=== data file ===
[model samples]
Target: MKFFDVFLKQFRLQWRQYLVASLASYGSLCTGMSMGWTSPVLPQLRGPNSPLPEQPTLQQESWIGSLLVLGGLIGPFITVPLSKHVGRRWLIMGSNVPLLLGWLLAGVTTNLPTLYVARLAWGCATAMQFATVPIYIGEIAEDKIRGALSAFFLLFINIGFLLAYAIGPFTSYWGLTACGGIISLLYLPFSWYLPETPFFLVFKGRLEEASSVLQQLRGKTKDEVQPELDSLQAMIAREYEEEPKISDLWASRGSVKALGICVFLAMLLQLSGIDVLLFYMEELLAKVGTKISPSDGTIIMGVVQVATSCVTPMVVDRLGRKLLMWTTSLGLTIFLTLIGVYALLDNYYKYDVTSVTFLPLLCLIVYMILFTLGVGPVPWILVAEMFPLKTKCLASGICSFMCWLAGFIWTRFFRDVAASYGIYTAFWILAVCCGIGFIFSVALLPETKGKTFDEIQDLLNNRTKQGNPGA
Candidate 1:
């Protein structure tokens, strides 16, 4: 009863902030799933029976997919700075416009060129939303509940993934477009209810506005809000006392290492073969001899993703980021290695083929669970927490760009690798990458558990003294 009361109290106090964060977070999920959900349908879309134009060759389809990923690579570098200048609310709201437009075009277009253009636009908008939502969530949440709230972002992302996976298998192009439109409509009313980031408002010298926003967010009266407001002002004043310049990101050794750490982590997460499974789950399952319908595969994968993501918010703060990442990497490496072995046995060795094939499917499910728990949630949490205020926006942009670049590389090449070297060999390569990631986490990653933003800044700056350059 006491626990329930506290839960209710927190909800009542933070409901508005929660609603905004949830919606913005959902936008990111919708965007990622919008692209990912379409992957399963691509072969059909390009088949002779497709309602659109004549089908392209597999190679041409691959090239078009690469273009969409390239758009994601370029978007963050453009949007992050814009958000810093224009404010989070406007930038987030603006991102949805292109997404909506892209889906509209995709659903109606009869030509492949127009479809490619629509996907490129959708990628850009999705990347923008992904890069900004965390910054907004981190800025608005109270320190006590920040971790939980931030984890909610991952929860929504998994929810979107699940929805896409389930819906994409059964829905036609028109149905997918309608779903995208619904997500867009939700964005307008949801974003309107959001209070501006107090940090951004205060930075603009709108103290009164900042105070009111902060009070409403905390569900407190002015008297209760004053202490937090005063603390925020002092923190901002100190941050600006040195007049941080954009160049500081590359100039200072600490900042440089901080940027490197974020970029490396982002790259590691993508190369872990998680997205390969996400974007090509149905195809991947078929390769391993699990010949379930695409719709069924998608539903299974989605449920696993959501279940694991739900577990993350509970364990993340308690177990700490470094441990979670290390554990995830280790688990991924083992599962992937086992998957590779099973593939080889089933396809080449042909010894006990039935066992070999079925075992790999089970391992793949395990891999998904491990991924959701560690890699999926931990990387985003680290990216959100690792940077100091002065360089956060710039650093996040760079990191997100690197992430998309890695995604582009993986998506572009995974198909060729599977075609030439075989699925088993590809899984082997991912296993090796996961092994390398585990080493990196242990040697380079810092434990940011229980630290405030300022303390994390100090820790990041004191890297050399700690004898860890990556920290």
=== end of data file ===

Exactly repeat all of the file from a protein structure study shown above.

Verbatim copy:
[model samples]
Target: MKFFDVFLKQFRLQWRQYLVASLASYGSLCTGMSMGWTSPVLPQLRGPNSPLPEQPTLQQESWIGSLLVLGGLIGPFITVPLSKHVGRRWLIMGSNVPLLLGWLLAGVTTNLPTLYVARLAWGCATAMQFATVPIYIGEIAEDKIRGALSAFFLLFINIGFLLAYAIGPFTSYWGLTACGGIISLLYLPFSWYLPETPFFLVFKGRLEEASSVLQQLRGKTKDEVQPELDSLQAMIAREYEEEPKISDLWASRGSVKALGICVFLAMLLQLSGIDVLLFYMEELLAKVGTKISPSDGTIIMGVVQVATSCVTPMVVDRLGRKLLMWTTSLGLTIFLTLIGVYALLDNYYKYDVTSVTFLPLLCLIVYMILFTLGVGPVPWILVAEMFPLKTKCLASGICSFMCWLAGFIWTRFFRDVAASYGIYTAFWILAVCCGIGFIFSVALLPETKGKTFDEIQDLLNNRTKQGNPGA
Candidate 1:
């Protein structure tokens, strides 16, 4: 009863902030799933029976997919700075416009060129939303509940993934477009209810506005809000006392290492073969001899993703980021290695083929669970927490760009690798990458558990003294 009361109290106090964060977070999920959900349908879309134009060759389809990923690579570098200048609310709201437009075009277009253009636009908008939502969530949440709230972002992302996976298998192009439109409509009313980031408002010298926003967010009266407001002002004043310049990101050794750490982590997460499974789950399952319908595969994968993501918010703060990442990497490496072995046995060795094939499917499910728990949630949490205020926006942009670049590389090449070297060999390569990631986490990653933003800044700056350059 006491626990329930506290839960209710927190909800009542933070409901508005929660609603905004949830919606913005959902936008990111919708965007990622919008692209990912379409992957399963691509072969059909390009088949002779497709309602659109004549089908392209597999190679041409691959090239078009690469273009969409390239758009994601370029978007963050453009949007992050814009958000810093224009404010989070406007930038987030603006991102949805292109997404909506892209889906509209995709659903109606009869030509492949127009479809490619629509996907490129959708990628850009999705990347923008992904890069900004965390910054907004981190800025608005109270320190006590920040971790939980931030984890909610991952929860929504998994929810979107699940929805896409389930819906994409059964829905036609028109149905997918309608779903995208619904997500867009939700964005307008949801974003309107959001209070501006107090940090951004205060930075603009709108103290009164900042105070009111902060009070409403905390569900407190002015008297209760004053202490937090005063603390925020002092923190901002100190941050600006040195007049941080954009160049500081590359100039200072600490900042440089901080940027490197974020970029490396982002790259590691993508190369872990998680997205390969996400974007090509149905195809991947078929390769391993699990010949379930695409719709069924998608539903299974989605449920696993959501279940694991739900577990993350509970364990993340308690177990700490470094441990979670290390554990995830280790688990991924083992599962992937086992998957590779099973593939080889089933396809080449042909010894006990039935066992070999079925075992790999089970391992793949395990891999998904491990991924959701560690890699999926931990990387985003680290990216959100690792940077100091002065360089956060710039650093996040760079990191997100690197992430998309890695995604582009993986998506572009995974198909060729599977075609030439075989699925088993590809899984082997991912296993090796996961092994390398585990080493990196242990040697380079810092434990940011229980630290405030300022303390994390100090820790990041004191890297050399700690004898860890990556920290």